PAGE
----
Prescription and Over-the-Counter Medication


RX and OTC Drugs

By Dena Charbonneau, MSW, LSW, CPS
National Council on Alcoholism and Drug Dependence of Middlesex County, Inc.
Street drugs like marijuana, cocaine, or LSD are no longer the drugs of choice among teens.  While some teens still use these drugs, many more abuse drugs that don’t carry the same stigma, are easier to get, and provide the same type of high:  prescription and over-the-counter (OTC) drugs.

You may think that prescription or OTC drugs are safe, but this is not true.  Abuse of these drugs is not a problem to be ignored.  These drugs are only safe when used properly.  When teens intentionally abuse these drugs to get high, they are not taking a couple of pills or an extra swig of cough syrup.  In many cases, teens are ingesting anywhere from a few pills to dozens or more a day or drinking 3-5 bottles of cough syrup a day, sometimes mixed with alcohol.

Taking prescription drugs without a doctor’s approval and supervision can be a dangerous and deadly decision.  According to the Substance Abuse and Mental Health Services Administration (SAMHSA), almost half (48%) of all emergency department visits resulting from overdoses from an ingredient found in many cough syrups, dextromethorphan (DXM), were patients 12-20 years old.

Prescription drugs are easy to get and often free to teens.  All they have to do is walk out of their bedroom and look in the medicine cabinet.  For OTC drugs, they simply go to the nearest supermarket.  They can also get prescription drugs from friends at school, who have brought them from home or stolen them from family, friends, or relatives.  The internet is another access point for teens to get prescription or OTC drugs.  There are many illegal websites that don’t require a prescription or a medical evaluation.  These sites are willing to sell to anyone, including children.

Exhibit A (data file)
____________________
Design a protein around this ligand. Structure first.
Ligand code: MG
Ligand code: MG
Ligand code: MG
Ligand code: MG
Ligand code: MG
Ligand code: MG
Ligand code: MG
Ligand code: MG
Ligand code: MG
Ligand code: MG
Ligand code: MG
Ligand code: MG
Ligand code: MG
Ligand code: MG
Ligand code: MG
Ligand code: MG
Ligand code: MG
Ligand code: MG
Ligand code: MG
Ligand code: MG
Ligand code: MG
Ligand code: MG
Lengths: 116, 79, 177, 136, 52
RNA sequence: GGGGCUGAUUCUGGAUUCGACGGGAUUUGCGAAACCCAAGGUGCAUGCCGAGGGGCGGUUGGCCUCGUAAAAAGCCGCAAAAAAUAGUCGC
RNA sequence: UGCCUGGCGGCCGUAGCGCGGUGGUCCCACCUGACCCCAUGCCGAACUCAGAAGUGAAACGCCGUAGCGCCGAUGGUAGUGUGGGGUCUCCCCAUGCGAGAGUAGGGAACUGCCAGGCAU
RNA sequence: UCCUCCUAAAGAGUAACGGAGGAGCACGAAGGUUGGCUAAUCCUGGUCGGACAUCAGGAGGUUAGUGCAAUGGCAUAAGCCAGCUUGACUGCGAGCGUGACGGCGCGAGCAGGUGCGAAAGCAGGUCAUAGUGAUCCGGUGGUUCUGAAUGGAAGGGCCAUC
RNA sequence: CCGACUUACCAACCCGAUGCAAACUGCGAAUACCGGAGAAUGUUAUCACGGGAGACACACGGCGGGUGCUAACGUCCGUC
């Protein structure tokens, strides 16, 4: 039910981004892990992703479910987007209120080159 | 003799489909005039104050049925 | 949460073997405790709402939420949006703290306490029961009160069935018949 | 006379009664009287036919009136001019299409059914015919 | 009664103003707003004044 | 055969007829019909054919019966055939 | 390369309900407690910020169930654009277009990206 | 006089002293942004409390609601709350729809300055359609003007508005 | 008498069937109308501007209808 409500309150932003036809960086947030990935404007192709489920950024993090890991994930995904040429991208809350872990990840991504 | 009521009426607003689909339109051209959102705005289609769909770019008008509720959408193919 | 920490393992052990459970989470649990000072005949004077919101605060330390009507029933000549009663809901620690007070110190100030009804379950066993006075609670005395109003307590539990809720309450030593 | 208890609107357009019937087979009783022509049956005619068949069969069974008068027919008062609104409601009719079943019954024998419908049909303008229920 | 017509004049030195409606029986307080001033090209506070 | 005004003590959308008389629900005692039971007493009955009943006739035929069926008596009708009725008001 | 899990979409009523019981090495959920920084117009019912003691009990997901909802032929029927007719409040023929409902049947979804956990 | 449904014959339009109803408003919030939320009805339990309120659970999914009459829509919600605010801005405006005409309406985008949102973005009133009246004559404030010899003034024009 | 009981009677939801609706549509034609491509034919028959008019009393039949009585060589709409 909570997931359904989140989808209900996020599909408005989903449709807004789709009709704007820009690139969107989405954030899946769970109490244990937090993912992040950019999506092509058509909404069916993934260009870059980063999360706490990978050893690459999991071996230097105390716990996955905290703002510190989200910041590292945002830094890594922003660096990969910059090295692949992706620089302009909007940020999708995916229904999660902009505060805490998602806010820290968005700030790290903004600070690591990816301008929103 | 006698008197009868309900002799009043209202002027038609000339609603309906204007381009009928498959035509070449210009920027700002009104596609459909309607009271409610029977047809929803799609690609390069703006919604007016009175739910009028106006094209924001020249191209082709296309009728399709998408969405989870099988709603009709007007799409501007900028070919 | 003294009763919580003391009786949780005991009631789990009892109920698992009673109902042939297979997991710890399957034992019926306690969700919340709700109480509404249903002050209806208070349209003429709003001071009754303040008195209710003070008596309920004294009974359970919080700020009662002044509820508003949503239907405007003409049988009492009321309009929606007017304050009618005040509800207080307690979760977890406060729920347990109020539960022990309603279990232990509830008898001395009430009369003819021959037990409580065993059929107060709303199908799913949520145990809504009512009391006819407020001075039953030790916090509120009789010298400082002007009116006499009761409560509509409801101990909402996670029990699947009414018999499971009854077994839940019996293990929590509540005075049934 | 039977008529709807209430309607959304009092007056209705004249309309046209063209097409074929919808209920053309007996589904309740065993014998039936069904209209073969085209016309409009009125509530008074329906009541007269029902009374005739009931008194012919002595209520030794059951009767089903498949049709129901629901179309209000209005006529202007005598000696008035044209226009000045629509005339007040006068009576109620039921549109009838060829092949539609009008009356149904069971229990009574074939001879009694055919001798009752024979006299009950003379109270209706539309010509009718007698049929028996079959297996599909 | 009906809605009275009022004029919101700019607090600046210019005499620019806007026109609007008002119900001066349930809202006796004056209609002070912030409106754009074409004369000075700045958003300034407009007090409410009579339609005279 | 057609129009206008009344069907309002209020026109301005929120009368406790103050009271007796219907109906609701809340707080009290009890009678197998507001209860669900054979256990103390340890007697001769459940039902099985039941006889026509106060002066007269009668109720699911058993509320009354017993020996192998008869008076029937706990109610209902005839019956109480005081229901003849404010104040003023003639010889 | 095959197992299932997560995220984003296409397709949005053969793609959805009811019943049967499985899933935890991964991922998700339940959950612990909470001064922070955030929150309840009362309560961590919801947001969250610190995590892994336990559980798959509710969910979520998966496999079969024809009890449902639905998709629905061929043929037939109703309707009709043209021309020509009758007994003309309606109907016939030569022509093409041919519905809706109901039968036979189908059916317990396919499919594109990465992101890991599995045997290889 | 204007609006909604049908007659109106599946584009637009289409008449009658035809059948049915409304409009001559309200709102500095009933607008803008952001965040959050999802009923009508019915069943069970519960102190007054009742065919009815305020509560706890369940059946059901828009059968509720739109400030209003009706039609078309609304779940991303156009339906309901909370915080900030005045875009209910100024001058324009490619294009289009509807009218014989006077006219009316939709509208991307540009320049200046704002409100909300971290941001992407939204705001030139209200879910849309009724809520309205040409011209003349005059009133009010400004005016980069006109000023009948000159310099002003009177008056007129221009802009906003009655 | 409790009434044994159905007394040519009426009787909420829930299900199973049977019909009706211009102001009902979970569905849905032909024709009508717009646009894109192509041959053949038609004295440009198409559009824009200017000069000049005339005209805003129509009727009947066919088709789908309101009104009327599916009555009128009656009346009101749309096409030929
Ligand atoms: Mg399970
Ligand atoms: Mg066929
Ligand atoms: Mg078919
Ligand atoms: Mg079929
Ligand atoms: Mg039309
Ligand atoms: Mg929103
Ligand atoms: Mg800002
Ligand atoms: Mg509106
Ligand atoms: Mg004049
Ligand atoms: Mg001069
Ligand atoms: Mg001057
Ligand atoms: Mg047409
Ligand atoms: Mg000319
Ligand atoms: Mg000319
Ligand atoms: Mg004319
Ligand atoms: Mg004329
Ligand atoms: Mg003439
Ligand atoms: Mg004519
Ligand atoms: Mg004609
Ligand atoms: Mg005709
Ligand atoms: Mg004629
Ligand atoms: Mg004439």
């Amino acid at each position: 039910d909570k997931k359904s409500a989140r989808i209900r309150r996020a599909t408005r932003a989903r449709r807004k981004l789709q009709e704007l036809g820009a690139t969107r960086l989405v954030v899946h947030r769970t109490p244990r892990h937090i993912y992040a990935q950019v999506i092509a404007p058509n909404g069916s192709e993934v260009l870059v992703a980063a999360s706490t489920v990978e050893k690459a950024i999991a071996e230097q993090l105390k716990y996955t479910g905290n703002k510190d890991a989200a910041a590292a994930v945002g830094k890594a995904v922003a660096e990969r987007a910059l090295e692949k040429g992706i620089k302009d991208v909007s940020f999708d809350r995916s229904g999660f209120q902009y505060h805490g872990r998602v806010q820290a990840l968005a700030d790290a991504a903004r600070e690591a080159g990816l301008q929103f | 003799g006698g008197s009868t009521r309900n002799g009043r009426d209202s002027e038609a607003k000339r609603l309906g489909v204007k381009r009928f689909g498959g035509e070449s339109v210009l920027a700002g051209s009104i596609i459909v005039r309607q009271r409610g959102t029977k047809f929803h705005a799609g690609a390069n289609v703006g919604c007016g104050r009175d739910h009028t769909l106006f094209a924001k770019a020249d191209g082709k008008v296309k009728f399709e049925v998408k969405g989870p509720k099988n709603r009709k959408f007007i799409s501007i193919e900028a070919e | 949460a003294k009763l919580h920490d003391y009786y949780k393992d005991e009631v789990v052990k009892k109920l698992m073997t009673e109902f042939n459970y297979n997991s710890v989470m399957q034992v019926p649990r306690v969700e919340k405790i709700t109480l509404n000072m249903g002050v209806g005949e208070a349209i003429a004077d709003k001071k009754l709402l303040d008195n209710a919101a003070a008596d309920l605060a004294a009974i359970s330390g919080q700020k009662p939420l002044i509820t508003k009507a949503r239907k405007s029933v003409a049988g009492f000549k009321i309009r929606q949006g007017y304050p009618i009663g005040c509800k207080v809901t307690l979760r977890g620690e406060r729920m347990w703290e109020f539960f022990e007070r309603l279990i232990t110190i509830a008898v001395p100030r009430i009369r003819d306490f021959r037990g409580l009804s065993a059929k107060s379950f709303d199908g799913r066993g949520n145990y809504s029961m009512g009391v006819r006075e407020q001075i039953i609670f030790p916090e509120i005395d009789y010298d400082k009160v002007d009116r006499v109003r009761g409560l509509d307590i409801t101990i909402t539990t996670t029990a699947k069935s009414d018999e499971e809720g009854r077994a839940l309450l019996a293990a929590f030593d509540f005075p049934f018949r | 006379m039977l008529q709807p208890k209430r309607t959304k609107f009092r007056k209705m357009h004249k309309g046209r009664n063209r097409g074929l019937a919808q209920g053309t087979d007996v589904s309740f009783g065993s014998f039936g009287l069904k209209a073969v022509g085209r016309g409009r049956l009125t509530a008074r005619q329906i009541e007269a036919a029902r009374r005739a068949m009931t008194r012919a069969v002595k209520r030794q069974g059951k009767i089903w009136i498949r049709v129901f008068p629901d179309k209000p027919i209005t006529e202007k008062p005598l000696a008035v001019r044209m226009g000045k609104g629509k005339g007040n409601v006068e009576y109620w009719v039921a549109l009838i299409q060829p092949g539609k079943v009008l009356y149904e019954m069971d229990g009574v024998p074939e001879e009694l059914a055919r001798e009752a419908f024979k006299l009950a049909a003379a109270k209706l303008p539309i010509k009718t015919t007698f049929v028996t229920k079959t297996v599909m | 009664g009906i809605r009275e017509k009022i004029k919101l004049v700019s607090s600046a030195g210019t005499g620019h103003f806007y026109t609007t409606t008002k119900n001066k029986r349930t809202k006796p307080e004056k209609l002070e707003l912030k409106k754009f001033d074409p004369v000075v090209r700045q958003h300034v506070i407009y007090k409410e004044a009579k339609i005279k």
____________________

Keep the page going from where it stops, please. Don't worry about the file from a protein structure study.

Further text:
So what are some reasons teens use?

Because teens mistakenly believe it is a “safe high”, and because it is readily available to them from the home medicine cabinet or from friends.  In fact, two in five teens 40 percent or 9.4 million agree that prescription medicines, even if they are not prescribed by a doctor, are “much safer” to use than illegal drugs. 

Some other reasons include:

  • To Get High – Teens want to escape reality and relieve boredom.  They also feel pressure to use in order to preserve friendships and romantic relationships.
  • To Enhance Performance – Competing for college admission, including competition for Advanced Placement and Honors courses in high school can be very stressful.  Some students think that stimulants, such as Ritalin, help them study for long hours.
  • To Cope – The pressure of school, work, grades, and extracurricular activities like sports and clubs is difficult for most teens to balance.  On top of day-to-day pressures, adolescent development brings a vast array of emotions and moods that can be difficult for teens to navigate.  As a result, teens may turn to prescription drugs to manage their daily routine, like regularly taking depressant to go to sleep and stimulants to stay awake.

Depressants, stimulants, pain killers, and steroids are the types of drugs that teens are abusing. 

While health effects vary by individual, they include liver cysts and cancer, kidney cancer, jaundice, severe acne, and hair loss.

To find out more about prescription and OTC drug abuse, visit:

This website offers parents much information including how to safeguard your child, danger zones, and the top 5 tips you can do to help prevent prescription and OTC drug abuse.